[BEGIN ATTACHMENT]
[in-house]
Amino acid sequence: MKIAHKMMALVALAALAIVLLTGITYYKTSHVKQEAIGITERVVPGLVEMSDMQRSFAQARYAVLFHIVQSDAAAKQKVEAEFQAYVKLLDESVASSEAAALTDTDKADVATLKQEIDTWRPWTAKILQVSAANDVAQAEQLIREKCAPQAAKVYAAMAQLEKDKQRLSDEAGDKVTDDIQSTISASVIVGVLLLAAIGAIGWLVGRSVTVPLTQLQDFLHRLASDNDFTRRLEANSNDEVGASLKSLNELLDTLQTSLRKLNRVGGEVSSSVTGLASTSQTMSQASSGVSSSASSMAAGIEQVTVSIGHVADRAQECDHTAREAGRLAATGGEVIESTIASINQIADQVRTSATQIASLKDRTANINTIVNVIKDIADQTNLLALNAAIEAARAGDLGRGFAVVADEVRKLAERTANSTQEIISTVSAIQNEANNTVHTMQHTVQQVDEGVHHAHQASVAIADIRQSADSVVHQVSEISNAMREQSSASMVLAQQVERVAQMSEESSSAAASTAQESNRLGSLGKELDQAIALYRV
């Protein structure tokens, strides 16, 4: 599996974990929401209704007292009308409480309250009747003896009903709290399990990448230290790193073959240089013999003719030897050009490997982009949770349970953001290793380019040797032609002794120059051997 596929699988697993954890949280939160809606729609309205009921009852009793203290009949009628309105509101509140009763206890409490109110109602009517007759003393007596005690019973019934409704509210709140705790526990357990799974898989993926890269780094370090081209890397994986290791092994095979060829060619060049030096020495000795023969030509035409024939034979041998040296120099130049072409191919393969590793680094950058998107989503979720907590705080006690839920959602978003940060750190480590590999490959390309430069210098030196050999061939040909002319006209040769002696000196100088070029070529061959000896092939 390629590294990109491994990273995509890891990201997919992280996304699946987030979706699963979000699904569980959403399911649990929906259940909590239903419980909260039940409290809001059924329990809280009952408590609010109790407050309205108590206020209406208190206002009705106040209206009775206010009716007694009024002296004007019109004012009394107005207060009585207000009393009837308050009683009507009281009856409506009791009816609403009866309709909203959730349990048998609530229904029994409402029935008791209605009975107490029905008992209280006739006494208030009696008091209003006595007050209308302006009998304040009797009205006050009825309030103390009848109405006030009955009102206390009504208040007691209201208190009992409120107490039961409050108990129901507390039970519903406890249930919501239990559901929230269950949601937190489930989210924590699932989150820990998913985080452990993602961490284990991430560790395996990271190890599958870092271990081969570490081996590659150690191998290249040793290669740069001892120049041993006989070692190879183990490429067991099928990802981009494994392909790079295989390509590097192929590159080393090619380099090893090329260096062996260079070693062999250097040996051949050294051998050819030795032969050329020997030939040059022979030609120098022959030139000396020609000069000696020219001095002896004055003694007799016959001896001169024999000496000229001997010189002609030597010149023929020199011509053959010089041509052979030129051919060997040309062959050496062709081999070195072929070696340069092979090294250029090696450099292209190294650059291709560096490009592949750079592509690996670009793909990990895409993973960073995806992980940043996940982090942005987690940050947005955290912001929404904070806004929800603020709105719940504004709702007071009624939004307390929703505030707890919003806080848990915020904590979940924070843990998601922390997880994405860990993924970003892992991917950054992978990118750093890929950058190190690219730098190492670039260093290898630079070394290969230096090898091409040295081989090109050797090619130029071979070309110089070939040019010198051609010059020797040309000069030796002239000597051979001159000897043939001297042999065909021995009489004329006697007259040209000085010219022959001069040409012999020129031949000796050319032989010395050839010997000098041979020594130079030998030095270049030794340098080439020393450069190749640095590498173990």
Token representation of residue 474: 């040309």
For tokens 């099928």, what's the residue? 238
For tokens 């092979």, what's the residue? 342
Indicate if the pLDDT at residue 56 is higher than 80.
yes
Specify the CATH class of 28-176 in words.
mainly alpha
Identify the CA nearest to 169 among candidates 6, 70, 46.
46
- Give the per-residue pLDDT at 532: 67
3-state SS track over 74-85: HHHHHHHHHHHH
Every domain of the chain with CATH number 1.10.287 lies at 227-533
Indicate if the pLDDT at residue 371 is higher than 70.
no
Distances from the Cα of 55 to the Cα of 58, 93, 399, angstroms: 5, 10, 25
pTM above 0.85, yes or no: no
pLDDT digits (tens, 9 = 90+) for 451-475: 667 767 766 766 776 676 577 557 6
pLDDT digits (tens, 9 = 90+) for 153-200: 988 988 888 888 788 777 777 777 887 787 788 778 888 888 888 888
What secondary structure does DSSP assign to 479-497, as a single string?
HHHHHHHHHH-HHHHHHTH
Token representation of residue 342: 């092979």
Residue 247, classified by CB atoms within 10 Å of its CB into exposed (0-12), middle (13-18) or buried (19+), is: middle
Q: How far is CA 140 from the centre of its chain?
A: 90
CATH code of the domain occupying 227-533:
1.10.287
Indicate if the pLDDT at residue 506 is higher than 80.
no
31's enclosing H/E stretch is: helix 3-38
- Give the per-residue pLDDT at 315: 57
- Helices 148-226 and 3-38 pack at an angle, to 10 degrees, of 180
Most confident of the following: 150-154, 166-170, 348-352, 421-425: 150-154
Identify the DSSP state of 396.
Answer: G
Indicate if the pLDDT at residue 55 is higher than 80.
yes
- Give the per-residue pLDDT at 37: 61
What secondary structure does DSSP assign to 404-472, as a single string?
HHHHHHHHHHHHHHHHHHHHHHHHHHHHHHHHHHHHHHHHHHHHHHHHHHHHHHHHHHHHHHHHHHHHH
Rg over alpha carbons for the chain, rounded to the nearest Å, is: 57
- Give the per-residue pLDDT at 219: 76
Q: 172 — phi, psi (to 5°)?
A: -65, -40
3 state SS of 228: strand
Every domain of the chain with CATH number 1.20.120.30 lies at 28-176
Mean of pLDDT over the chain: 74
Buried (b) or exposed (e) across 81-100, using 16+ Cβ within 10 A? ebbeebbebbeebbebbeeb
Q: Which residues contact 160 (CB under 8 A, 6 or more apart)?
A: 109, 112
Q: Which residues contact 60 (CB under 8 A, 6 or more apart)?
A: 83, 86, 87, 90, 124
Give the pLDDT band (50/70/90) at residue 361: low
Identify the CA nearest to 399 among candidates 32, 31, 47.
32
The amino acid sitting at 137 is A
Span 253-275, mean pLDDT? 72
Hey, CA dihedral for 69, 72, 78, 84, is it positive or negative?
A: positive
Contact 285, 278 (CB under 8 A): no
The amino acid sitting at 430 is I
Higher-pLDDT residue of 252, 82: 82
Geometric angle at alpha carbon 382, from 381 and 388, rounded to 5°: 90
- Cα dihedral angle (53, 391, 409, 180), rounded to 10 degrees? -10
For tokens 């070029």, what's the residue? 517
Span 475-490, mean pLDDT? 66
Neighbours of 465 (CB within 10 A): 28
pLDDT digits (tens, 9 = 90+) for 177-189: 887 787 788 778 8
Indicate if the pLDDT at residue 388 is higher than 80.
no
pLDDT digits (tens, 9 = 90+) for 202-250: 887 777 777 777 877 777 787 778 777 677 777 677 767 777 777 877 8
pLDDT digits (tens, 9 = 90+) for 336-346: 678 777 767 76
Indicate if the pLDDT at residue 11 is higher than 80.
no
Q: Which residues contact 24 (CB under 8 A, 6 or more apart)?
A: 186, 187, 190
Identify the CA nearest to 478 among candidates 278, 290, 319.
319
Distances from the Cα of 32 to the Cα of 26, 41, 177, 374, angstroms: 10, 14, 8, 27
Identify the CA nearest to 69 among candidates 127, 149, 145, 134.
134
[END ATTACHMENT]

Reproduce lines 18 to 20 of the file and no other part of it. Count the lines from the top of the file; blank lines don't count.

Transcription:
Distances from the Cα of 55 to the Cα of 58, 93, 399, angstroms: 5, 10, 25
pTM above 0.85, yes or no: no
pLDDT digits (tens, 9 = 90+) for 451-475: 667 767 766 766 776 676 577 557 6